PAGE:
WHO's Estimates of the Burden of Disease Caused by Foodborne Chemical Toxins

Chemicals prevalent in the food supply can have a significant impact on the global burden of disease, a WHO Task Force shows with new research published in F1000Research.



The World Health Organisation (WHO) Foodborne Disease Burden Epidemiology Reference Group (FERG) Task Forces report their research in a series of papers published in several journals this week.

In a translational research article, which will be peer-reviewed after publication in F1000Research, the FERG Task Force on Chemicals in Food (which involved leading researchers from 18 research affiliations in 8 different countries) calculated illnesses, deaths and ‘disability adjusted life years’ (DALYs) for four chemicals: dioxin, aflatoxin, peanut allergen and cyanide in cassava (a major staple food in the developing world). These chemicals are known to have reproductive/endocrine, cancerous, allergic and neurological effects, respectively, and were identified by the Task Force as priority compounds. Priority rankings were based on the severity of potential health effects, the size of the population vulnerable to exposure, and the current availability of data.

In 2010, the four selected chemicals were estimated to be collectively associated with 339,000 illnesses, 20,000 deaths, and 1,012,000 DALYs (which are used as the most common single metric for quantifying death and disability). Aflatoxin was associated with the highest global DALYs (636,869), whereas dioxin was associated with the greatest number of illnesses (193,447, albeit 0 deaths).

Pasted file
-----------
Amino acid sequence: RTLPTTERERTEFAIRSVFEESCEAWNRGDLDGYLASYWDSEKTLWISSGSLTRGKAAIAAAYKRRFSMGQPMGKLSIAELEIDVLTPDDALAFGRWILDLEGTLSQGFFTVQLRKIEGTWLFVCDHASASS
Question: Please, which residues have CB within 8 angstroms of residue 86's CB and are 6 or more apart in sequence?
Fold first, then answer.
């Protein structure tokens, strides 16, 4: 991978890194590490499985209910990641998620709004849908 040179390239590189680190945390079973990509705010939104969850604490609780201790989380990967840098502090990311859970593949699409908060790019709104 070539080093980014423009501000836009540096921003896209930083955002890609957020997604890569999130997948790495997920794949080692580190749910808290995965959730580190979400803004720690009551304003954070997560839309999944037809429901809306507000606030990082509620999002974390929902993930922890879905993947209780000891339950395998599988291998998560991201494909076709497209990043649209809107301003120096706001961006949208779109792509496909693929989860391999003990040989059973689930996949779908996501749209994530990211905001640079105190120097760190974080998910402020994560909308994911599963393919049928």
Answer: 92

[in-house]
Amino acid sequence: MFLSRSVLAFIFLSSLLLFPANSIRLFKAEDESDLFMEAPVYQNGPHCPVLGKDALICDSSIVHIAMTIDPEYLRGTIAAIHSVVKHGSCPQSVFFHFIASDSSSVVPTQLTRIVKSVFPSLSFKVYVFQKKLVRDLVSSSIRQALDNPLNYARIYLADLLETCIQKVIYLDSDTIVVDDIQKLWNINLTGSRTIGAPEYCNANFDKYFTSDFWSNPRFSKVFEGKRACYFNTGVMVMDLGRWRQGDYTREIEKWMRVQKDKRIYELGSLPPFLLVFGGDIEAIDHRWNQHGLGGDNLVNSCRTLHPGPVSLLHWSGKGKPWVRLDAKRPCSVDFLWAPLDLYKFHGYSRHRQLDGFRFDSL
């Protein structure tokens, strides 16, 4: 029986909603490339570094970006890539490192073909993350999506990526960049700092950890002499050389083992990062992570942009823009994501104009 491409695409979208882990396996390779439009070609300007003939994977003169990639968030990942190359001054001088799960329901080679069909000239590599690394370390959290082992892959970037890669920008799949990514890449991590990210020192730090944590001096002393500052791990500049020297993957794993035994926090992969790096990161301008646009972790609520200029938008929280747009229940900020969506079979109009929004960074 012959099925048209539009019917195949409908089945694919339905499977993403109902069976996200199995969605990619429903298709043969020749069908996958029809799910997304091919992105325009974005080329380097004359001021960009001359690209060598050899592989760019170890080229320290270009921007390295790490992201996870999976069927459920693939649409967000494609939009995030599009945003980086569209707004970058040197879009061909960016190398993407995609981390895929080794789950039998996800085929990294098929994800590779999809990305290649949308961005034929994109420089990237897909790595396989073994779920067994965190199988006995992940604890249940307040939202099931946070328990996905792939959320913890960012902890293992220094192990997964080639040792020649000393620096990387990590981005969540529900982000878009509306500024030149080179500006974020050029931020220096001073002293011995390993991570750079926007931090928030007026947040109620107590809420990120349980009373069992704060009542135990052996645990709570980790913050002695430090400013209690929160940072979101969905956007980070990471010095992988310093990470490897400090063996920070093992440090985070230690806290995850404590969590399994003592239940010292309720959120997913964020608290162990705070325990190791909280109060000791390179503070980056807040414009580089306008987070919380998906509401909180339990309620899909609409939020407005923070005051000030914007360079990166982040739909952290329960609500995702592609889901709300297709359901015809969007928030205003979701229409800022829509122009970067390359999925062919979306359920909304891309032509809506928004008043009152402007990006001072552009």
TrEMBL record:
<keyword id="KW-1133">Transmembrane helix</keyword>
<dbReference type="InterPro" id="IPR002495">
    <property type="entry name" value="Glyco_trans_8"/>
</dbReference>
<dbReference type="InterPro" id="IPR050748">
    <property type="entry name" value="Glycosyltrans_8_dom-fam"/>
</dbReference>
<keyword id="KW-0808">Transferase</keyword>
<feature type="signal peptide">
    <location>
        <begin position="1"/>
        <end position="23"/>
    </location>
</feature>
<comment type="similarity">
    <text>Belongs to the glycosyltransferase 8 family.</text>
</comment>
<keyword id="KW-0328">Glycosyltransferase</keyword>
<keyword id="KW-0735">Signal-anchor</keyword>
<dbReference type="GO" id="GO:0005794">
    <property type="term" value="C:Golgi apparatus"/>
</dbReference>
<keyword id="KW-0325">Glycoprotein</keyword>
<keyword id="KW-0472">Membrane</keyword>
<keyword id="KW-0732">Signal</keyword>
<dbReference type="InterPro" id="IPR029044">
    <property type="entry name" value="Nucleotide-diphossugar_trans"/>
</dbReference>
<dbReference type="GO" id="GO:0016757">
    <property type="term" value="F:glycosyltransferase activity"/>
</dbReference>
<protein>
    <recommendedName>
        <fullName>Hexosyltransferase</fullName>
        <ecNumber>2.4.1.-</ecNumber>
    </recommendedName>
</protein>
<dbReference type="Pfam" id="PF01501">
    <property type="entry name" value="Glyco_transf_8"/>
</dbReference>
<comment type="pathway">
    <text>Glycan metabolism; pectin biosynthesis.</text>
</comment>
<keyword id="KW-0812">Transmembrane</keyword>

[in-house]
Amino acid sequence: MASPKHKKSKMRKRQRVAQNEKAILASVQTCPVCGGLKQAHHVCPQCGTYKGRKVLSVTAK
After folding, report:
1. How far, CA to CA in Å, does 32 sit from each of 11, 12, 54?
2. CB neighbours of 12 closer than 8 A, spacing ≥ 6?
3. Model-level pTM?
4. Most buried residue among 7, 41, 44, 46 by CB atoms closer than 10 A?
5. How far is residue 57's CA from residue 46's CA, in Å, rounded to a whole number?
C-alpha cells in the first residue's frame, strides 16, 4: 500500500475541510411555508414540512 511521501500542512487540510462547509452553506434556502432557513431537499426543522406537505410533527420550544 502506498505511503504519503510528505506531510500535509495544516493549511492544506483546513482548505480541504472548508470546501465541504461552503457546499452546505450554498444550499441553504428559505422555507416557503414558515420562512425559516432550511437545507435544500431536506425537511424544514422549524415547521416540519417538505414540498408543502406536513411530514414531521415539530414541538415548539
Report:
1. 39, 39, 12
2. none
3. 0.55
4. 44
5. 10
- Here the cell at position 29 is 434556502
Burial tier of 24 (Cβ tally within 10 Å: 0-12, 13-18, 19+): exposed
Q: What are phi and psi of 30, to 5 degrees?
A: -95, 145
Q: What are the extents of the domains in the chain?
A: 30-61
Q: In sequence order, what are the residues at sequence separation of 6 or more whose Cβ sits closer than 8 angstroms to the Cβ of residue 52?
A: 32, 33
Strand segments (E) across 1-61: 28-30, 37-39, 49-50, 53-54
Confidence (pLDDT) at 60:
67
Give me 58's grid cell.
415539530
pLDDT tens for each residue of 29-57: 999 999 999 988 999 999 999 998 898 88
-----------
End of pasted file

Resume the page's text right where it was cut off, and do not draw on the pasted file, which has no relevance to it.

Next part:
The Southeast Asian, Western Pacific, and African regions showed the highest burdens of disease, with aflatoxin making the largest contribution in the latter two regions, while dioxin is the largest contributor in Southeast Asia. The findings also show that cyanide in cassava and aflatoxin are associated with diseases which have high case-fatality rates.

Herman Gibb, chair of the FERG Task Force on Chemicals in Food and lead author of the F1000Research paper, said: “The burden of disease associated with foodborne chemicals is a critical public health issue and assessment of this issue is urgently needed.

“The research presented here has important global health implications, and it is therefore important that the results be communicated quickly. The F1000Research publishing model gave us that opportunity. Furthermore, we are delighted by the transparency of the peer review process which will benefit both the readers and the authors.”

The F1000Research paper is published alongside a broader analysis of the global burden of foodborne bacteria, viruses, parasites, and chemicals from the WHO. The larger report shows almost 1 in 10 people fall ill every year from eating contaminated food, resulting in 420,000 deaths.


Source: F1000Research



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